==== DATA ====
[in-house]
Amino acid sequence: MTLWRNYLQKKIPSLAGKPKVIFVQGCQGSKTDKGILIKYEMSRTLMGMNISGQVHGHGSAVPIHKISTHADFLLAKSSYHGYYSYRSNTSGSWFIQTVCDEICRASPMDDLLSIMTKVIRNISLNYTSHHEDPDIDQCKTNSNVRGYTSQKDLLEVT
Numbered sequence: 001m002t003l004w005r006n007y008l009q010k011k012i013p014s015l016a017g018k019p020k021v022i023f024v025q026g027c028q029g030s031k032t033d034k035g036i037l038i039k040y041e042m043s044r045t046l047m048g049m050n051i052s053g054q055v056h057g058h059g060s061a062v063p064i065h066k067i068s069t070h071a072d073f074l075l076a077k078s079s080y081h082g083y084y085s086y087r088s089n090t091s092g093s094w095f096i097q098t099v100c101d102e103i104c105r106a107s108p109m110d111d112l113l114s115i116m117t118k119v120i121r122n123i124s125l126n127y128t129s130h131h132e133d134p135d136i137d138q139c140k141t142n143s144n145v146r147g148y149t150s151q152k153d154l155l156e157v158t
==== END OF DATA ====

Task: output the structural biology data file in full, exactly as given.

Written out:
[in-house]
Amino acid sequence: MTLWRNYLQKKIPSLAGKPKVIFVQGCQGSKTDKGILIKYEMSRTLMGMNISGQVHGHGSAVPIHKISTHADFLLAKSSYHGYYSYRSNTSGSWFIQTVCDEICRASPMDDLLSIMTKVIRNISLNYTSHHEDPDIDQCKTNSNVRGYTSQKDLLEVT
Numbered sequence: 001m002t003l004w005r006n007y008l009q010k011k012i013p014s015l016a017g018k019p020k021v022i023f024v025q026g027c028q029g030s031k032t033d034k035g036i037l038i039k040y041e042m043s044r045t046l047m048g049m050n051i052s053g054q055v056h057g058h059g060s061a062v063p064i065h066k067i068s069t070h071a072d073f074l075l076a077k078s079s080y081h082g083y084y085s086y087r088s089n090t091s092g093s094w095f096i097q098t099v100c101d102e103i104c105r106a107s108p109m110d111d112l113l114s115i116m117t118k119v120i121r122n123i124s125l126n127y128t129s130h131h132e133d134p135d136i137d138q139c140k141t142n143s144n145v146r147g148y149t150s151q152k153d154l155l156e157v158t